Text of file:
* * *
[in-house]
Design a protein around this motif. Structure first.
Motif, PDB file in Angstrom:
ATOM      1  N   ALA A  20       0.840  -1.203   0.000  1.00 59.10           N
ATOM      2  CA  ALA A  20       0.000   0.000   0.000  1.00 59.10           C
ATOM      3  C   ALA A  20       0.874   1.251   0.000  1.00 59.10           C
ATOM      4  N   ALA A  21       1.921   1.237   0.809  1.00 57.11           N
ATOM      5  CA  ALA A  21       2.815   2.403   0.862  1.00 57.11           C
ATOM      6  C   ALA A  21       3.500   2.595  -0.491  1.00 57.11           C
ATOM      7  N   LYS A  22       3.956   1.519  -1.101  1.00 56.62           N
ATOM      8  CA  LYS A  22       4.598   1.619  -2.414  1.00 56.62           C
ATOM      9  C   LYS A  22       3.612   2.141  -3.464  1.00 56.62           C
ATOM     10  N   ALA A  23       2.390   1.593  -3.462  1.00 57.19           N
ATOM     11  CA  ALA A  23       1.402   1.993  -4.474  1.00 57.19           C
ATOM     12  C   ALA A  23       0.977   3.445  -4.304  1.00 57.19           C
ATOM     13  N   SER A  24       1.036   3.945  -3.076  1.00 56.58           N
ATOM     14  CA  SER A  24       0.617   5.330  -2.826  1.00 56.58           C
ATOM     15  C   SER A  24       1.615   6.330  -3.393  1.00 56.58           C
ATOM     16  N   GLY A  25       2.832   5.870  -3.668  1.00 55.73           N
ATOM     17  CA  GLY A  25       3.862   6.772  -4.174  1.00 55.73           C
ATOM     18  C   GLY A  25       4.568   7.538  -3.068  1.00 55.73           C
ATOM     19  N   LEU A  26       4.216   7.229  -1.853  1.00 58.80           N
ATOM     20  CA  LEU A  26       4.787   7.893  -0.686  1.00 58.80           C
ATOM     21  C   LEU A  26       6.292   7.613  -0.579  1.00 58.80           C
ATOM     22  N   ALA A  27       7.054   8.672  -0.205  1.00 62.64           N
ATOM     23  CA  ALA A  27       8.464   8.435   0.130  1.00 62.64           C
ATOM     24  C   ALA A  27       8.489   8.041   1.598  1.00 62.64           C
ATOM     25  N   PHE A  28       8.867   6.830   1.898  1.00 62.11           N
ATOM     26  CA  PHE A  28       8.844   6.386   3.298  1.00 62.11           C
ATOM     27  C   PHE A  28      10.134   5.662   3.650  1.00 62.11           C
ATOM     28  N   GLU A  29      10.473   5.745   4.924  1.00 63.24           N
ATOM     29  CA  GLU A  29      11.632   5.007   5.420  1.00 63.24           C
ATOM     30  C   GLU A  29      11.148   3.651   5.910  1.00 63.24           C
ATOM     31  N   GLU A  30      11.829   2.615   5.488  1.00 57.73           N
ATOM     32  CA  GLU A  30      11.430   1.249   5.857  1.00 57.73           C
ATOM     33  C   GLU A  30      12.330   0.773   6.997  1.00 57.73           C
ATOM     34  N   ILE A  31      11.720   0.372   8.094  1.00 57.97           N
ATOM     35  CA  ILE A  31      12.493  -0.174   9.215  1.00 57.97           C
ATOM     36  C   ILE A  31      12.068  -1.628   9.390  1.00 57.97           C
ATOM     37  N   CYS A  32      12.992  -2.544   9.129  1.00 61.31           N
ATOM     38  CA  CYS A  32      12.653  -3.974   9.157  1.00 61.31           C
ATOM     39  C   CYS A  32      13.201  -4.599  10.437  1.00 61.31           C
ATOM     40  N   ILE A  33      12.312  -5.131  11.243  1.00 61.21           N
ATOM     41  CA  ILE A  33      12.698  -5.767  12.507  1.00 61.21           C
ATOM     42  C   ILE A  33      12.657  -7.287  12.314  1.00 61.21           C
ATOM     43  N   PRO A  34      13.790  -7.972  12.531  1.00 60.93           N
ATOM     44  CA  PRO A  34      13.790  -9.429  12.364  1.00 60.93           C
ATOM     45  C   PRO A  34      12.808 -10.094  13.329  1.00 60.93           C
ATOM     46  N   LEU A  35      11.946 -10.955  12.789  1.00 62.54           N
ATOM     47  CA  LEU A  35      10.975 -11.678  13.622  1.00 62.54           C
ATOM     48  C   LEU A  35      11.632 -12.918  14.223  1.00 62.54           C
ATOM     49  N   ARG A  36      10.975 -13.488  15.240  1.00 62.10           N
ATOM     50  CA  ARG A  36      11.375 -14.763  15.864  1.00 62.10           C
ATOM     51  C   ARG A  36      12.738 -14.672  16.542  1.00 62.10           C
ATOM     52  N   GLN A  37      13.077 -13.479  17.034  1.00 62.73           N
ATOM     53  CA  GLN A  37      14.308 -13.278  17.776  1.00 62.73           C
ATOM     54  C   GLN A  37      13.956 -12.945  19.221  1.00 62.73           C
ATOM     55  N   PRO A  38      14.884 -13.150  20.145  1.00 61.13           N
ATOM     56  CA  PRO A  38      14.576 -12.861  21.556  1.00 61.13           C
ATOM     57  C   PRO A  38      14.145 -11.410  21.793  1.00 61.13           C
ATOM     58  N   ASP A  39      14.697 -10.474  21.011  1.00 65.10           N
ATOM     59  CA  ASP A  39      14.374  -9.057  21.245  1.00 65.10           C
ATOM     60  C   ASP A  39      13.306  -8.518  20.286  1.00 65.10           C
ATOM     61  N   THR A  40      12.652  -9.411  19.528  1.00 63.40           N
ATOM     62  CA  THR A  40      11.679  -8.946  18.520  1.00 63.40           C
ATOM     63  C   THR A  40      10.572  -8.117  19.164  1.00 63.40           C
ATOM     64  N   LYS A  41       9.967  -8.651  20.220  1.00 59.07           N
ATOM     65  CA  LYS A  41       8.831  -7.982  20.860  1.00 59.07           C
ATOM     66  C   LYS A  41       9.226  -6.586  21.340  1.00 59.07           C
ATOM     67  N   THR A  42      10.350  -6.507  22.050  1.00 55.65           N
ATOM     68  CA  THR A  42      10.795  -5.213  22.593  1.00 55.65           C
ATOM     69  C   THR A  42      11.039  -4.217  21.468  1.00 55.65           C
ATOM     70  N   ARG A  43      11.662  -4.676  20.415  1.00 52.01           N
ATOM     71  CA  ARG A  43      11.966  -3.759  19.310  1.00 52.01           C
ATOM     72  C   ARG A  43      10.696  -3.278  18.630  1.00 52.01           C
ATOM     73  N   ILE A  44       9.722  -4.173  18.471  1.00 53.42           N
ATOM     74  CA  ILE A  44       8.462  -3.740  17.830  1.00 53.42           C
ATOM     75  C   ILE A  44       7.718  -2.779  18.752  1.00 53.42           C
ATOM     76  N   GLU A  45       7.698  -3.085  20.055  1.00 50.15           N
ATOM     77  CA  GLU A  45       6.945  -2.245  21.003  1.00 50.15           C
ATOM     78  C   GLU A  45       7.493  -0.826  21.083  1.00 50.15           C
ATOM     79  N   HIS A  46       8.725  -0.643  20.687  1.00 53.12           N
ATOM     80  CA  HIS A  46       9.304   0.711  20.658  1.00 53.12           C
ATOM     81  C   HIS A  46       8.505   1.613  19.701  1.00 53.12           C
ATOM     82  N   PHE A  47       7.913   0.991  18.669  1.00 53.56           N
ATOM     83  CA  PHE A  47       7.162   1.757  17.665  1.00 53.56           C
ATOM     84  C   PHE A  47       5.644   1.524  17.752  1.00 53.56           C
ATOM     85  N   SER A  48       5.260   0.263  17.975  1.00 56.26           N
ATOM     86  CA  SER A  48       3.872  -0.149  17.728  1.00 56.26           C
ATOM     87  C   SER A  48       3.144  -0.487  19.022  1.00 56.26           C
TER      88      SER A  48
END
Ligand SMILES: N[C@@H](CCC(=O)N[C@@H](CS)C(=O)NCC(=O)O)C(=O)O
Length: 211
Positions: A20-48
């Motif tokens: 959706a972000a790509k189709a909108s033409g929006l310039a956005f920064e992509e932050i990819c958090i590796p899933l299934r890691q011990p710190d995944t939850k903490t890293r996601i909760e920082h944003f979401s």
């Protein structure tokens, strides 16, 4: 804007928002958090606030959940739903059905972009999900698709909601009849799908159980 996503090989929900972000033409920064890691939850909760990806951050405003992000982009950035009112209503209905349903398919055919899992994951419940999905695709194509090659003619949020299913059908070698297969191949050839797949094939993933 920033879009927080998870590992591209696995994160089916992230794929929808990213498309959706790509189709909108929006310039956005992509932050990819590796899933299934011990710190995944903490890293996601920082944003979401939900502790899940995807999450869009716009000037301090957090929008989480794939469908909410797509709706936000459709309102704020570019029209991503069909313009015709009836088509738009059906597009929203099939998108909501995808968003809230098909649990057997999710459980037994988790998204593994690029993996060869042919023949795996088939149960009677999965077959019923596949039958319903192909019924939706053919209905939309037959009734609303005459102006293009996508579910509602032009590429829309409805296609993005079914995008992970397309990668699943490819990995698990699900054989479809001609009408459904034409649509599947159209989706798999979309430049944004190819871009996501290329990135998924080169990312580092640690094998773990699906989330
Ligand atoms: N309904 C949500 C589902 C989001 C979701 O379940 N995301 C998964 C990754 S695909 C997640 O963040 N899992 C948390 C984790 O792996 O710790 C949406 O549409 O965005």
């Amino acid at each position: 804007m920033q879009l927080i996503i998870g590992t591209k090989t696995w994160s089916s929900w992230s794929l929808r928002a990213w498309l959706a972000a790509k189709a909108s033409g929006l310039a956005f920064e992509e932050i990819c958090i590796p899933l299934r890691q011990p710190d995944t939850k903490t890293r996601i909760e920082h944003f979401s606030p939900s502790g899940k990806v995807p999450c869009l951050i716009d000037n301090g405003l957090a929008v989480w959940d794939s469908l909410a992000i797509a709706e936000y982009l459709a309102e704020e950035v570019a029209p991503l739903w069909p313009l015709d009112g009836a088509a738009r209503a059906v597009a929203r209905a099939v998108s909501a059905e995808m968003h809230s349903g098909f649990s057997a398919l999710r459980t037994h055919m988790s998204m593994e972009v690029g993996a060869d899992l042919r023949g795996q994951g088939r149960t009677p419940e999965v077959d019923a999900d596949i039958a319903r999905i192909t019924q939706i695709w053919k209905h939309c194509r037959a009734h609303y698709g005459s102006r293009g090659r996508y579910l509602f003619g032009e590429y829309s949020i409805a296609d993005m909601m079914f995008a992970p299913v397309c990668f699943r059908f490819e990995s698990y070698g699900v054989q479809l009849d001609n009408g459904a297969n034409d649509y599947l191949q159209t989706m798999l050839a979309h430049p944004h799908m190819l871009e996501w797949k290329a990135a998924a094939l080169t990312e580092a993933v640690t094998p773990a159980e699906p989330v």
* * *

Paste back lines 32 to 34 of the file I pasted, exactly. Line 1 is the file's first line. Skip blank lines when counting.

ATOM     29  CA  GLU A  29      11.632   5.007   5.420  1.00 63.24           C
ATOM     30  C   GLU A  29      11.148   3.651   5.910  1.00 63.24           C
ATOM     31  N   GLU A  30      11.829   2.615   5.488  1.00 57.73           N